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International collaboration to understand African urban climate change

Posted on 22/04/2013

African urban climate change workshop participants outside the Geography Department. Source: David Simon

35 specialists in African urban climate change from across the African continent and beyond came together in the Geography Department at Royal Holloway on 16th and 17th April for a landmark workshop entitled Bearing the brunt of environmental change: understanding climate adaptation and transformation challenges in African cities. Organised by David Simon assisted by Hayley Leck, the workshop was funded by the Urban Studies journal as the winning bid in its international seminar series competition for 2012. Co-funding from UN-HABITAT, the Urban Climate Change Research Network, the Urbanization and Global Environmental Change project of IHDP, the ACC DAR project based at La Sapienza University of Rome, and the African Studies Association of the UK broadened the base and increased the scale of participation.

While rapid advances are now being made in understanding the current and likely future dynamics of urban environmental/climate change under different scenarios, the evidence base and policy responses through mitigation, adaptation and transformation remain highly uneven. Our knowledge and understanding of the processes of change as they are already affecting many African urban areas, and will do so increasingly through this century, remain seriously inadequate and patchy, being focused on a few large coastal cities. The workshop was designed to bring together, for the first time, researchers and practitioners from across Africa who are often isolated in particular cities, countries and linguistic communities. They shared experiences and identified similarities, differences and began to identify the extent to which generalisations across national and regional boundaries are appropriate. These perspectives will enrich our understanding and open new horizons for urban change theory (from which other parts of the world will have much to learn) and relevant applied communities of practice.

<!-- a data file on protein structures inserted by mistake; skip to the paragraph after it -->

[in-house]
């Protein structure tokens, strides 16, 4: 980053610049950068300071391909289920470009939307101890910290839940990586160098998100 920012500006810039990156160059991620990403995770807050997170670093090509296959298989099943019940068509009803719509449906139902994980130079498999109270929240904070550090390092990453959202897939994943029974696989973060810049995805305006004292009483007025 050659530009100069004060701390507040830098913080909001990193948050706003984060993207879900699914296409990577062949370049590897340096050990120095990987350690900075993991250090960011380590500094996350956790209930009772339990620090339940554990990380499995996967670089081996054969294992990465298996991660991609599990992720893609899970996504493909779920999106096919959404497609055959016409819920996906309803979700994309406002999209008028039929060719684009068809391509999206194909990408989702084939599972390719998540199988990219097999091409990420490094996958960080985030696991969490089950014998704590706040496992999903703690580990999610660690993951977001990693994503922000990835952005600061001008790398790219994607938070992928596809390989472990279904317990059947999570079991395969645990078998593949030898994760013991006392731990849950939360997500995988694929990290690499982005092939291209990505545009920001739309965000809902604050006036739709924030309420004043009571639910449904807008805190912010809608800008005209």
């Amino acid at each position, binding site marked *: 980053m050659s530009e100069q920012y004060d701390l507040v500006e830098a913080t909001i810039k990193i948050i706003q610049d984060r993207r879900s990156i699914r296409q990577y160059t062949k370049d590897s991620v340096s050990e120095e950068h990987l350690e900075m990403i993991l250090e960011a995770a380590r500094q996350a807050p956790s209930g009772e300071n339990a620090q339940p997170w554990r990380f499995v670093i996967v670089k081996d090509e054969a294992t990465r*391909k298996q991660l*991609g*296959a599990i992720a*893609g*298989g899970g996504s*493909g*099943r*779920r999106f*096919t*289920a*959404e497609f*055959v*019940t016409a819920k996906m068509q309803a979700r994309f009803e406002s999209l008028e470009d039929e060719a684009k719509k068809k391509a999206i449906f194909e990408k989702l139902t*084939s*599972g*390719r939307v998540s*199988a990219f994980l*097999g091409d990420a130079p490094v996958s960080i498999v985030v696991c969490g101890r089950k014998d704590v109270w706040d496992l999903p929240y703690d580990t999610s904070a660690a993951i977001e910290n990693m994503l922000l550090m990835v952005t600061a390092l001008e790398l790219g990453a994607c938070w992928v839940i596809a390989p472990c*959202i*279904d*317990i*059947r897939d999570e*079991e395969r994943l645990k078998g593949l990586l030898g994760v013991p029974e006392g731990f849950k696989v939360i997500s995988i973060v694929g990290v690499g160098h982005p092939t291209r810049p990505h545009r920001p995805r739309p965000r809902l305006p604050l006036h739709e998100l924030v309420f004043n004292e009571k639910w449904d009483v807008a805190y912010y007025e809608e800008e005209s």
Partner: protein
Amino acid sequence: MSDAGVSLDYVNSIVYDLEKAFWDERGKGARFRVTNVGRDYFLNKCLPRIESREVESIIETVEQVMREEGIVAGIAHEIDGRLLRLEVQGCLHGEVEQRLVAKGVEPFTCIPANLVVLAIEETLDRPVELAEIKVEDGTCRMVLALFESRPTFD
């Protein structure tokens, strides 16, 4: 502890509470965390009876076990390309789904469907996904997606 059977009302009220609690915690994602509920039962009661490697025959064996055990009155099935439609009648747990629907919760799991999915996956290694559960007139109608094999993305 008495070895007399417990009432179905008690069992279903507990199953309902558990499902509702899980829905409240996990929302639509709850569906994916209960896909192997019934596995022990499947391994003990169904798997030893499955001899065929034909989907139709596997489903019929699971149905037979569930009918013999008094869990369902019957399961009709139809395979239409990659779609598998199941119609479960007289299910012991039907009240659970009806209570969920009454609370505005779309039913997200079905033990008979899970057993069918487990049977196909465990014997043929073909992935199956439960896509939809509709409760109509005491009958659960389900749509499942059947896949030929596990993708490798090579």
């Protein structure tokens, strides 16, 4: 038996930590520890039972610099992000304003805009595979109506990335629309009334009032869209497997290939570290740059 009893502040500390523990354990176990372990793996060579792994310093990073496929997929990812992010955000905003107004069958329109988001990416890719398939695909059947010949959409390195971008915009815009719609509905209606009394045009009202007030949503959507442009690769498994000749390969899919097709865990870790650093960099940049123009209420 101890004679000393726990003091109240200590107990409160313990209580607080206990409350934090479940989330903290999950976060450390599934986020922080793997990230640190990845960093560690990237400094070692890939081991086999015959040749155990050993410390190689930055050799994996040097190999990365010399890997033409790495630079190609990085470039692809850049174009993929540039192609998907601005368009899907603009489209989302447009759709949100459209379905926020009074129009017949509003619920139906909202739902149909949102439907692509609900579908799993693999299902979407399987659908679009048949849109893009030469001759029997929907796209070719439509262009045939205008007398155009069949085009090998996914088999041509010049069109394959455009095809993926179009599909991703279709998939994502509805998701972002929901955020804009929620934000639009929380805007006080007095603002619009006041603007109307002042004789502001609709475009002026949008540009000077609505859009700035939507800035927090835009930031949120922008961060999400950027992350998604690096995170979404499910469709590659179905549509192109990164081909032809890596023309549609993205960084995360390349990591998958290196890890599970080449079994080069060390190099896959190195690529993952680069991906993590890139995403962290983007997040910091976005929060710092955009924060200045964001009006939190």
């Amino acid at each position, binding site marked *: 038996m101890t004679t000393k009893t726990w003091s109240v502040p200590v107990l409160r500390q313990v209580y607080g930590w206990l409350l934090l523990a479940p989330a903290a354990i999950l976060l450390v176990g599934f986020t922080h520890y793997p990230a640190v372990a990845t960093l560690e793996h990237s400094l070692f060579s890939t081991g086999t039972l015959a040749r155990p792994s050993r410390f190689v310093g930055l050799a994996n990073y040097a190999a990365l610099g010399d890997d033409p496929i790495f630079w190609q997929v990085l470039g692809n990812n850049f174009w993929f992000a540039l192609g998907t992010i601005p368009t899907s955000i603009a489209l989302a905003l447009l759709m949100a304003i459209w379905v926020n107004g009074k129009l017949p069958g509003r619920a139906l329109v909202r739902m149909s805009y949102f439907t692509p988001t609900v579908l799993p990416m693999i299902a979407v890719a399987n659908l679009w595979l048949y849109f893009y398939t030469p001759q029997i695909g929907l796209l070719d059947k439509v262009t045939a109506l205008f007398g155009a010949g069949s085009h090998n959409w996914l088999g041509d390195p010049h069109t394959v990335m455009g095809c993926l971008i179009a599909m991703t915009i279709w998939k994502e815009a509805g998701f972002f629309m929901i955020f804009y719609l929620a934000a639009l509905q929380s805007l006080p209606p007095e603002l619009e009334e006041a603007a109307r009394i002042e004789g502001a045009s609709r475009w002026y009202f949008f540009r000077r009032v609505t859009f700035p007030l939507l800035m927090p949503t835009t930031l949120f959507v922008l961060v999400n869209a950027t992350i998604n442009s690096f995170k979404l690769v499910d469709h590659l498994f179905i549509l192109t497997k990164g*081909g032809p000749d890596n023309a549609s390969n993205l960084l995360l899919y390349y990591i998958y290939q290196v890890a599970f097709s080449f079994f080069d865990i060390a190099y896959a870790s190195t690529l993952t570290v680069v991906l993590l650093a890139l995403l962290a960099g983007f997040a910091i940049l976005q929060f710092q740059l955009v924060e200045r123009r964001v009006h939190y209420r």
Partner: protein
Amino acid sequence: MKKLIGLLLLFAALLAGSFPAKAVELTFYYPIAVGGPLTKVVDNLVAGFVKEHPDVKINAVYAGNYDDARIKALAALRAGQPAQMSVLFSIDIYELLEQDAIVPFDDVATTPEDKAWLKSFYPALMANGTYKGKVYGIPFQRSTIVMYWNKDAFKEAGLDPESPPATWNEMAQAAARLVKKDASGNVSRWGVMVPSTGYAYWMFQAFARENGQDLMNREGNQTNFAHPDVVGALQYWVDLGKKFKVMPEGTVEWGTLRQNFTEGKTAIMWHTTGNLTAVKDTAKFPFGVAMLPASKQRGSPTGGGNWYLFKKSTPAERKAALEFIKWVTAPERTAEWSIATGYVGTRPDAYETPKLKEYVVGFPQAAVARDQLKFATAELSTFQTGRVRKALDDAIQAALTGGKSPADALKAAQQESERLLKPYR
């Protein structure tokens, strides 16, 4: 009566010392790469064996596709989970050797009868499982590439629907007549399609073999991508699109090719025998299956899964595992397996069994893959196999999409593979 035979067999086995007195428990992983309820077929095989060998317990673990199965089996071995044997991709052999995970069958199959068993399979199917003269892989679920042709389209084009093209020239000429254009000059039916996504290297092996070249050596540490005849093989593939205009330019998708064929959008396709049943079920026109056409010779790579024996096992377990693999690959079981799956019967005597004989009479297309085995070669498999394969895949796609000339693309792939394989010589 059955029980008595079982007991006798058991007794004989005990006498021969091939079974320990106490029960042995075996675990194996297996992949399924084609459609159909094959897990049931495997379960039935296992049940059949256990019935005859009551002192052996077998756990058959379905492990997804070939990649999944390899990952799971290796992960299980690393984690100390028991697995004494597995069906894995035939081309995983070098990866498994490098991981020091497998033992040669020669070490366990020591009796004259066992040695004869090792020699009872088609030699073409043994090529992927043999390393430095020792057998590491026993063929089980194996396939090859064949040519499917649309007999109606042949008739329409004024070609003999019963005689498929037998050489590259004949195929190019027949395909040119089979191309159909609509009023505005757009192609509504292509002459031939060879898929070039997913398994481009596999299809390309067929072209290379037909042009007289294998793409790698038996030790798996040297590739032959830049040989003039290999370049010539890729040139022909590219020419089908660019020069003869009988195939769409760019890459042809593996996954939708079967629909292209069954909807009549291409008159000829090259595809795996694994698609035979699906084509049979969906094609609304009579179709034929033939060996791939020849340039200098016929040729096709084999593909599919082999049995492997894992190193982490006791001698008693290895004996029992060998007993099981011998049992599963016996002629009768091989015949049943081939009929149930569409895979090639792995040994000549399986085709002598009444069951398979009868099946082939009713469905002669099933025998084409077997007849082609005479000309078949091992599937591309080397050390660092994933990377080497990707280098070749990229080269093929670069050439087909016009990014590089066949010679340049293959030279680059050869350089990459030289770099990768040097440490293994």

Sessions were congenial and a real sense of common purpose existed throughout. Planned outputs include a policy brief to be translated into French, Portuguese and Arabic; an overview article to be submitted to a journal covering academic and practitioner communities; and a proposal for a special issue of Urban Studies. New contacts and shared interests are also likely to lead to new joint research grant applications.


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